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Mobsters, molls and a real-life gangster blast their way onto the Vegas stage

Mobsters, molls and a real-life gangster blast their way onto the Vegas stage
Actors share tales from the years when the mob controlled Las Vegas in "A Mob Story." (Andy Walmsley)

The era in which gangsters helped put the “sin” in “Sin City” has made it to the Las Vegas stage. And a real mobster is the show’s host.

Michael Franzese — a Newport Beach resident who admitted to spending years in the underworld before going to prison — brings moments of raw reality to “A Mob Story.” The colorful production opened last month at downtown’s Plaza hotel-casino.

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“We start it off in Havana, where all the [mob] guys had gotten together,” Franzese said of the 90-minute show’s opening scene. “We’re talking about [Lucky] Luciano, Meyer Lansky and, obviously, Bugsy Siegel. … [Siegel] bought the Flamingo hotel and Lansky and Luciano were involved in that and we trace that history.”

A cast of 25 actors, singers and dancers share the mob’s history in Vegas, right up to when hoteliers and federal lawmen successfully drove out the crooks.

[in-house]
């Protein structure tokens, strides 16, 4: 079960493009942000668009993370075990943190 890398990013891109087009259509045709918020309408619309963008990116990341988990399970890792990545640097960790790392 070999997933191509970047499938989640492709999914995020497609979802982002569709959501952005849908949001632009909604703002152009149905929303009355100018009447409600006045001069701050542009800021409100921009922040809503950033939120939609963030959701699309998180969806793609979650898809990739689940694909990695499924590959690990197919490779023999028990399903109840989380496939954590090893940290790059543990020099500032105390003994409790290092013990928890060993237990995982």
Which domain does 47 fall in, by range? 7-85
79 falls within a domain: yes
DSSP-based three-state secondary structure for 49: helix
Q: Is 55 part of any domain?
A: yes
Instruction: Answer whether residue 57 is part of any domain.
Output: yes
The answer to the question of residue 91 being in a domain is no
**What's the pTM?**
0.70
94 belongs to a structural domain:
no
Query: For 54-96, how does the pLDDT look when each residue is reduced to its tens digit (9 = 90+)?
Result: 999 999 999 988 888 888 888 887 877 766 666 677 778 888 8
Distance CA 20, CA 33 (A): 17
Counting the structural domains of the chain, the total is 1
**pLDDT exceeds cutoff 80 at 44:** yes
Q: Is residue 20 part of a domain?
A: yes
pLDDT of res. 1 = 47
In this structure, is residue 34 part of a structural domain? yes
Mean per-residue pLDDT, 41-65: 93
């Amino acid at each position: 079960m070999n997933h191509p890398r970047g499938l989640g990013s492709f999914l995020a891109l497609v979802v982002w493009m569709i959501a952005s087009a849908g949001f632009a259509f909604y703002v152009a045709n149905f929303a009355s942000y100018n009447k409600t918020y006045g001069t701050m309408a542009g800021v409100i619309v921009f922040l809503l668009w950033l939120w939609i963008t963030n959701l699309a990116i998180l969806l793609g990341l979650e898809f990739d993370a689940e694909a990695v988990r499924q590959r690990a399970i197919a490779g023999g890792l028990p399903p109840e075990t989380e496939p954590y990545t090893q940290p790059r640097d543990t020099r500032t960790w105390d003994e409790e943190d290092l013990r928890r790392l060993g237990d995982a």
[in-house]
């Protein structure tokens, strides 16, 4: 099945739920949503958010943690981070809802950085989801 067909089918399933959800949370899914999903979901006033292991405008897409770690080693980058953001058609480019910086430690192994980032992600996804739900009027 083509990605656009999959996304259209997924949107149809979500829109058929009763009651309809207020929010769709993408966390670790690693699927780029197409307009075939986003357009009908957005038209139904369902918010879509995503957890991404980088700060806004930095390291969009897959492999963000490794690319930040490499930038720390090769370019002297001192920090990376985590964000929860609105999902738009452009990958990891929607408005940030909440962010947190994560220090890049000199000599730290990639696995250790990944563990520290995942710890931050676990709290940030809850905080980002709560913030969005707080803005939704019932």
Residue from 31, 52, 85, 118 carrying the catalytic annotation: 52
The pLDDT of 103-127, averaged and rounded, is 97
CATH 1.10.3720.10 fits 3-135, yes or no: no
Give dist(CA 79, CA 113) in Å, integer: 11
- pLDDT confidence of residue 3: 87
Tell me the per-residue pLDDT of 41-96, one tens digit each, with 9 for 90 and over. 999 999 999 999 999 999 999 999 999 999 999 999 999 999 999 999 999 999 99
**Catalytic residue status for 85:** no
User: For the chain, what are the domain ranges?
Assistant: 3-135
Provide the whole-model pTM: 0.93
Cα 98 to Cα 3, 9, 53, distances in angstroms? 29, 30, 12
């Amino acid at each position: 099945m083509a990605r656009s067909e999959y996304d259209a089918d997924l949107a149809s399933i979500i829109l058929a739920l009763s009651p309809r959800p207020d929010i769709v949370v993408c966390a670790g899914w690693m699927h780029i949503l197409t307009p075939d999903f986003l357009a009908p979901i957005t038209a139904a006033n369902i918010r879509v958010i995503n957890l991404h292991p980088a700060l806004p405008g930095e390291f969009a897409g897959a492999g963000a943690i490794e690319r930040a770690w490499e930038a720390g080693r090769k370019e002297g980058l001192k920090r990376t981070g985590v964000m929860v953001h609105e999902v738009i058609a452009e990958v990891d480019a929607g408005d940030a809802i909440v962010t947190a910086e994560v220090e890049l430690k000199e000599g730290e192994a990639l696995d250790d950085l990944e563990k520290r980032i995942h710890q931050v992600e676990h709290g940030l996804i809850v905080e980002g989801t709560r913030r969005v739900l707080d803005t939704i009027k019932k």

Franzese makes three appearances, during which he shares stories about his nefarious past. He tells guests how he was prosecuted five times, including by Rudolph Guiliani, before coming clean.

“I finally took a plea in 1985 to racketeering,” he told the Los Angeles Times. “I got a 10-year prison sentence. I had a $15-million fine and restitution. I ended up doing eight years in prison.”

Following his release, Franzese renounced the mob and began a Christian ministry. His busy schedule as a public speaker means there will be nights when he won’t appear in Vegas.

“I have an agreement with the hotel that I’ll be here as often as I can throughout the next six months, but I’m not locked in to every night,” he said.

Oscar Goodman, the mob attorney who later became mayor of Las Vegas and a local legend, is the show’s executive producer. As the show’s ambassador, Goodman makes occasional appearances.

“A Mob Story” plays Wednesday-Saturday at 7:30 p.m. in the Plaza’s intimate showroom. Tickets are $59.95 for general admission and $79.95 and up for VIP seating.

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